Sponsored Video: Top five reasons to be excited for “Noah”

The highly anticipated film “Noah,” Darren Aronofsky’s vision of the popular Biblical story of Noah’s Ark, hits theaters on March 28 in the United States and April 4 in the United Kingdom. We’ll have a review on Critic Speak when it’s released, but for now, here are the top five reasons to be excited for the epic:

1. Aronofsky always takes risks. Nothing if not a visionary, the filmmaker has a tremendous track-record for innovative, never-boring work. After having cut his teeth on acclaimed smaller budget fare, from “Pi” to “Requiem for a Dream” to “The Wrestler” to “Black Swan,” this $125 million behemoth opens up a whole new set of tools for Aronofsky to play with. If it’s even half as ambitious as Aronofsky’s $35 million-budgeted “The Fountain,” “Noah” sure to be a sight for the eyes.

2. The film is headlined by Oscar® winners. The last time Russell Crowe (Noah) and Jennifer Connelly (Naameh) collaborated on a picture, it was Ron Howard’s masterful “A Beautiful Mind,” for which they both took home golden statuettes. They’re joined by a fellow Oscar® winner in Anthony Hopkins (Methuselah) and an Oscar® nominee in Nick Nolte (Samayaza), so one can only assume the acting in “Noah” will be a tour de force.

3. This ain’t your average Bible movie. While the faith-based genre has become very popular in recent years, with the success of Alex Kendrick’s Sherwood Baptist Church projects and more recently the Mark Burnet-produced “Son of God,” these films generally haven’t been very inclusive of secular audiences (nor should they be). But “Noah,” which reportedly both sticks to the text and takes creative liberties, has something for viewers of all faiths.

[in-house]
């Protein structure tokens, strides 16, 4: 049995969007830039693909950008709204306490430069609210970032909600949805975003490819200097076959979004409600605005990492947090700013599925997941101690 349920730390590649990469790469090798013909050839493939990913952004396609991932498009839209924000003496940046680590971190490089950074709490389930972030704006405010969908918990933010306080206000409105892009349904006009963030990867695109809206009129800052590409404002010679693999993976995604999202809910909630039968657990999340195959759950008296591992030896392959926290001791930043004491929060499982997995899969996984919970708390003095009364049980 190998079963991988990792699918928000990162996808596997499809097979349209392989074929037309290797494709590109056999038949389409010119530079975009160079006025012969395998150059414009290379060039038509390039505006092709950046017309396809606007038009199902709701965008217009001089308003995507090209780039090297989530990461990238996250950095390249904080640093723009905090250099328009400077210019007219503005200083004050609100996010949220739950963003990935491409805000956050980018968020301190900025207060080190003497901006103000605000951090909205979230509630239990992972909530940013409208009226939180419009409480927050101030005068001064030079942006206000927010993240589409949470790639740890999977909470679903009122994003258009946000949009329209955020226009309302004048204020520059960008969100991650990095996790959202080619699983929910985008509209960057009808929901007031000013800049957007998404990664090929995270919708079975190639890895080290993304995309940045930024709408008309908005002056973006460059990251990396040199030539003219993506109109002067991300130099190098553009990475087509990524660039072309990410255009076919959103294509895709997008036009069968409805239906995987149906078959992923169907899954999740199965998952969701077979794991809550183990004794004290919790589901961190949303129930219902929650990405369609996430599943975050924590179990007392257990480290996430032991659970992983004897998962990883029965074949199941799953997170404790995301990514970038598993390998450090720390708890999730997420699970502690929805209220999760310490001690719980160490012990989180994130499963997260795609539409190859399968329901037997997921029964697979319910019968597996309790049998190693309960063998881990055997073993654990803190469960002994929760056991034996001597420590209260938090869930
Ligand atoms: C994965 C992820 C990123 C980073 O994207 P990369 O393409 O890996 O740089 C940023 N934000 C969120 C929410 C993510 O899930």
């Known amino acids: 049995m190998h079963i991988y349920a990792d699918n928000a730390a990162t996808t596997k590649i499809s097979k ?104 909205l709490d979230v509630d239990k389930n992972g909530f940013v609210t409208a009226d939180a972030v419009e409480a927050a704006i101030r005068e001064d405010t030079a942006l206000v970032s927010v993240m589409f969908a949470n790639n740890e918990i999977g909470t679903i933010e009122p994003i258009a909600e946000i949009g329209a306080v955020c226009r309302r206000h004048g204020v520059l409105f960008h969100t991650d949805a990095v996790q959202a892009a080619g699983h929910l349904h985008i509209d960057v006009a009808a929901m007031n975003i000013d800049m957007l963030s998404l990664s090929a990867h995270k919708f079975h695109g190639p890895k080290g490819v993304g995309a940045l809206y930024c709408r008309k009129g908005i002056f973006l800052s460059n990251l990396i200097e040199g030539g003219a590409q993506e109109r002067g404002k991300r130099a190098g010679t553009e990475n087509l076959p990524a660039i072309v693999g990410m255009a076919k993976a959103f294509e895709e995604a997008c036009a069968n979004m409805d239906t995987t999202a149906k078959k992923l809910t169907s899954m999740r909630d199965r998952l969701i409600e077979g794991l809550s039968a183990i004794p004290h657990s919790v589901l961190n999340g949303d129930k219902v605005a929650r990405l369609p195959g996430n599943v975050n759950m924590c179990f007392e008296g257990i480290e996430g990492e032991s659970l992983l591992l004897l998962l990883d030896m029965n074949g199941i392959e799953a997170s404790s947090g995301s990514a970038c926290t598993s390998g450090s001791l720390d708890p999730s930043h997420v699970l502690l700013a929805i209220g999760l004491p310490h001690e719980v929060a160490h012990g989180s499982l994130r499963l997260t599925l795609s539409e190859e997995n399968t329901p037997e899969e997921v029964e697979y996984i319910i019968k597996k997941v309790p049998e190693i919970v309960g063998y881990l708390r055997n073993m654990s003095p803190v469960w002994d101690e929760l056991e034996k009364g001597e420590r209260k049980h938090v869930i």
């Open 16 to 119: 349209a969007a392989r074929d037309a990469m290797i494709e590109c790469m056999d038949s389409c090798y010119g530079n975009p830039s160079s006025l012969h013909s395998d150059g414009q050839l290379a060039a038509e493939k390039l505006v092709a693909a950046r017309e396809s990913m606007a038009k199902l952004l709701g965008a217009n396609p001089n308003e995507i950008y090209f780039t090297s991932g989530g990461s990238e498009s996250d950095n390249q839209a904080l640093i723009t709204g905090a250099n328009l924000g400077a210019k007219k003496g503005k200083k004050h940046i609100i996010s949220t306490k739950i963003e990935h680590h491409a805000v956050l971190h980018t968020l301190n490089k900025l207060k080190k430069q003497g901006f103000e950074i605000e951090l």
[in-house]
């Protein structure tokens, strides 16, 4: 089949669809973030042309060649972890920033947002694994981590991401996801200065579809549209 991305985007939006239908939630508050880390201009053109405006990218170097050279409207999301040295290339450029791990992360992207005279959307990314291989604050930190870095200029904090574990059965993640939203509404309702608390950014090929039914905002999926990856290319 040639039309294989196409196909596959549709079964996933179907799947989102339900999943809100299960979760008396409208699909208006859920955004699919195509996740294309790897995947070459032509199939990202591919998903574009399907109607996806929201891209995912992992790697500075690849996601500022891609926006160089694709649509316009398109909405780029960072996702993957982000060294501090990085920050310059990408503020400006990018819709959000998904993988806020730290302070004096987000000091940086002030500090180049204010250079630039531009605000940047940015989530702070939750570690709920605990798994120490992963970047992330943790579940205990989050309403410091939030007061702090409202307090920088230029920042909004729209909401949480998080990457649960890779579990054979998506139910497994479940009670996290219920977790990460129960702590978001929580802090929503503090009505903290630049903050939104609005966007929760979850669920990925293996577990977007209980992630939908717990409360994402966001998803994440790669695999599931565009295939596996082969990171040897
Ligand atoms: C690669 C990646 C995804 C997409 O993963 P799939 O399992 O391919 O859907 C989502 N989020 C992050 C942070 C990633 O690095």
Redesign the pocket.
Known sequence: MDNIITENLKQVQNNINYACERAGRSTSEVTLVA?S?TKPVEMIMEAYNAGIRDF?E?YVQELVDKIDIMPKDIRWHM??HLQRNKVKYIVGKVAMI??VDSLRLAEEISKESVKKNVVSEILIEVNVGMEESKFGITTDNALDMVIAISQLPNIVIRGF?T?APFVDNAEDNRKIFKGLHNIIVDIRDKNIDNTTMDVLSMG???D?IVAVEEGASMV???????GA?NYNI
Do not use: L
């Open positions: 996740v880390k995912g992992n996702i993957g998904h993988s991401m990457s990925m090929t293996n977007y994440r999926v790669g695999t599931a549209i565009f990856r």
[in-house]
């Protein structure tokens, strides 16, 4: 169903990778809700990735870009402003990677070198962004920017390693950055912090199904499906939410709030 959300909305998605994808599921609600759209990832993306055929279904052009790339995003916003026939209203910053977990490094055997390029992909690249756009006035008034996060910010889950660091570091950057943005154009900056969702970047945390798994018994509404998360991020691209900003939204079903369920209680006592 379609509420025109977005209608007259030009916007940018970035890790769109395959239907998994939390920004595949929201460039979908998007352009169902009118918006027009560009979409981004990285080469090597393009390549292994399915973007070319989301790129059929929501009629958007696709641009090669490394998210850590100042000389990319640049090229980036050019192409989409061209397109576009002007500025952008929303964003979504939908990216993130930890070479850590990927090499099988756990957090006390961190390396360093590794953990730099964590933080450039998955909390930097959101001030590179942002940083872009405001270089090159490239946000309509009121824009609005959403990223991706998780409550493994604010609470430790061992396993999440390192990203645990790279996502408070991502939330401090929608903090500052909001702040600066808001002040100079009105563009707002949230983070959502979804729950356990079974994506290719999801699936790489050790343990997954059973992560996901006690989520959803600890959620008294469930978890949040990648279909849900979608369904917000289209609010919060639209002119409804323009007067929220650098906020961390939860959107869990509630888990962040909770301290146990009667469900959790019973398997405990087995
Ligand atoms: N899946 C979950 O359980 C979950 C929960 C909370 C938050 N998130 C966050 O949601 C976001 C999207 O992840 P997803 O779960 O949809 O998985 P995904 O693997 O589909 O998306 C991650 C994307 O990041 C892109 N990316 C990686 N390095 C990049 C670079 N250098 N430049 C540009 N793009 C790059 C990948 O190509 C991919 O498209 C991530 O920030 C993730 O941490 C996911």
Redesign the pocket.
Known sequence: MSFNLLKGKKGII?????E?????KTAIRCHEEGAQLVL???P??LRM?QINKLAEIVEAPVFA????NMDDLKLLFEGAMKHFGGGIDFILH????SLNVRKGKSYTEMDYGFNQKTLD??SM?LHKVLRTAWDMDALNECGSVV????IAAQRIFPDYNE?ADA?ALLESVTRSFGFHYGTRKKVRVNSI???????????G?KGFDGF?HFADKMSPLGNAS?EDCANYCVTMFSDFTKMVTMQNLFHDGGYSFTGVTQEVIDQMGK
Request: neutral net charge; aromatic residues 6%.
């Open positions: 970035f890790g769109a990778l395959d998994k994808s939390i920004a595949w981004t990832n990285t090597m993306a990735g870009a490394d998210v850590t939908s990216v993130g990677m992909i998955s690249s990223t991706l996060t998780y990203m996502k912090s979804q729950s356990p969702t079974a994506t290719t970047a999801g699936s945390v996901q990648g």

4. Cinematographer Matthew Libatique is working in the 1.85:1 aspect ratio. Over the years, in his work with Aronofsky and others like Spike Lee, Libatique has established himself as one of the industry’s premier aesthetic experimenters. But his work on Lee’s “She Hate Me” is particularly special in the way that it uses the verticality of the 1.85 frame to, ironically, impose a sense of scope. One gets giddy imagining what he’ll do in this sense with “Noah,” which will be available in IMAX.

5. Sophisticated special effects. With no real animals used for the production, the CGI wizards at Industrial Light and Magic said their job was “the most complicated rendering in the company’s history.” Given this is the outfit that is responsible for the CGI in “Pacific Rim,” “The Avengers,” the “Transformers” trilogy, and the “Pirates of the Caribbean” movies, that is a big statement. Expect to see things you’ve never seen before.

See you at the cinemas.

This post is sponsored by Paramount Pictures.